To celebrate Heartwood Art carvings being featured in upcoming issue of Woodcarving Illustrated the “Follow My Carving” series was created to give you a an insider’s view on how the art is made.
If you carve enough trees, sooner or later you’re bound to come across a weak part of the wood and either break a branch or remove it on purpose. This is one of the reasons it’s important to modify the design to coordinate with the actual blank you will be using. Sometimes, though, you just won’t know until you begin carving. The wood around this branch was weak, so I chose to remove it. I’ll simply shape it so it looks like a natural break of a limb.
If you’ll look through the gallery, you’ll see that I choose to incorporate broken limbs into some of the original designs. These are small branches that were never meant to attach to anything other part of the carving. If you choose to do this, design it bigger than you intend for it end up. Because it is only supported on one side, it will likely break near the tip end. So, just plan to make it shorter as you carve.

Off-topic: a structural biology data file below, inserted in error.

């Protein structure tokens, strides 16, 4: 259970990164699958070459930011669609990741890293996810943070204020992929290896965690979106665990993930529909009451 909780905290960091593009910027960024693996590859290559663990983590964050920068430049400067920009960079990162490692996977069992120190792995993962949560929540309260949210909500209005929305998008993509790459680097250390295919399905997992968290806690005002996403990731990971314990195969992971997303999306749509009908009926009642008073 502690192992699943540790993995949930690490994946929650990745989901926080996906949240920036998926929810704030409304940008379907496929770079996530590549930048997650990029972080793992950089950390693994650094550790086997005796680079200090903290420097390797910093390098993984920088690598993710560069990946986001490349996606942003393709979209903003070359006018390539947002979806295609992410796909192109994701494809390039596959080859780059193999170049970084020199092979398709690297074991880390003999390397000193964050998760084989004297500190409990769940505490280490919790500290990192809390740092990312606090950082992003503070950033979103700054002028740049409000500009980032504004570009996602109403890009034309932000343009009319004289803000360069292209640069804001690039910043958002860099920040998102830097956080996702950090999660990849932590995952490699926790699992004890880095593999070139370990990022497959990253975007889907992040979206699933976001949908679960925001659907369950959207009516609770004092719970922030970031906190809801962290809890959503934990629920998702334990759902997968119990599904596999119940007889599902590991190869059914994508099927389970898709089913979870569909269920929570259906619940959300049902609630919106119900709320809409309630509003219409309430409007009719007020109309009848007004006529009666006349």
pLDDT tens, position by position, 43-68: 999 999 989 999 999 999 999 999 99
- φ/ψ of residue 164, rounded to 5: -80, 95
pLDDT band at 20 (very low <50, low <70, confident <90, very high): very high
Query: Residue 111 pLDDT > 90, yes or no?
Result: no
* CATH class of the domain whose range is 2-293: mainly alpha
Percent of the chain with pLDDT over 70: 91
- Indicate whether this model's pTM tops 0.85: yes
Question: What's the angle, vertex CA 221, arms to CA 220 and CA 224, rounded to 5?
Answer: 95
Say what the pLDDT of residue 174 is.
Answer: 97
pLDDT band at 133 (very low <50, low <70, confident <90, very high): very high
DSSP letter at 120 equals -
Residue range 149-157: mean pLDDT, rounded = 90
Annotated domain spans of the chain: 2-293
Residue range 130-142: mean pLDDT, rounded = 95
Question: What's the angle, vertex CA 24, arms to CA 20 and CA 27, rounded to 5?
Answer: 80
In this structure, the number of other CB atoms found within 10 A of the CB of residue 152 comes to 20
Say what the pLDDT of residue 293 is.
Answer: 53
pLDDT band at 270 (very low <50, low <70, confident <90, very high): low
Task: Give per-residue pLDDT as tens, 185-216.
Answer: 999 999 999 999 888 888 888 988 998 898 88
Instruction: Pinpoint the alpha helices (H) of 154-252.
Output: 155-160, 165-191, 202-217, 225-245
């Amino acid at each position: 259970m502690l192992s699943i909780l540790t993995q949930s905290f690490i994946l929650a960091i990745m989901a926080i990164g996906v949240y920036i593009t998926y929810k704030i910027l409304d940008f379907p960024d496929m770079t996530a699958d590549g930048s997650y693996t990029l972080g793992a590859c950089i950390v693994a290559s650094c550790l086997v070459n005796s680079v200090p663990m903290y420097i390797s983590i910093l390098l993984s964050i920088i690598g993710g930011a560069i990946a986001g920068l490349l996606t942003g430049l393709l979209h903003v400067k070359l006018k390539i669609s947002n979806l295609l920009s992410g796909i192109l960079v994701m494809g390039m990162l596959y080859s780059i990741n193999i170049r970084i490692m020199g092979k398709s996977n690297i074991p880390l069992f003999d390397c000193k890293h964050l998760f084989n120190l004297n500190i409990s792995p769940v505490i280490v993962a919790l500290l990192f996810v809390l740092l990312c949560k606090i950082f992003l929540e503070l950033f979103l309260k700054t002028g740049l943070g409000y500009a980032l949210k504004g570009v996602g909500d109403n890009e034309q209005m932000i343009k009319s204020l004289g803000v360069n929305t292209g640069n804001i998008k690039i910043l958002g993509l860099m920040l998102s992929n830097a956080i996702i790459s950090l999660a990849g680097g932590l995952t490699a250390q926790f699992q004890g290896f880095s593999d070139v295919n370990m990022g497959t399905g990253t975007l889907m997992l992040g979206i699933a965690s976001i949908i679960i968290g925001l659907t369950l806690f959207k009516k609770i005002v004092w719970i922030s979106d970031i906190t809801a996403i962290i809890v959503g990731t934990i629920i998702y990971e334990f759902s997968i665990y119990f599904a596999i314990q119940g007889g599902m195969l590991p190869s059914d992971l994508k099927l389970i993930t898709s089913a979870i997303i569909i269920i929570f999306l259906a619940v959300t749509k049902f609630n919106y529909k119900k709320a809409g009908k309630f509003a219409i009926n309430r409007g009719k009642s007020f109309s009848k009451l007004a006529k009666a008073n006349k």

One other thing to keep in mind is that as you carve and make the limbs and branches smaller, the entire structure becomes weaker and it will begin to bow. You may have to hold some of the limbs flat or give them a little support on the opposite side of your carving stroke. If a unintended limb does break, you’ll have to decide how to incorporate it into the carving. It’s not very hard to do. As the famous Italian sculpture, Michaelangelo might have said, “Fuhgeddaboudit.”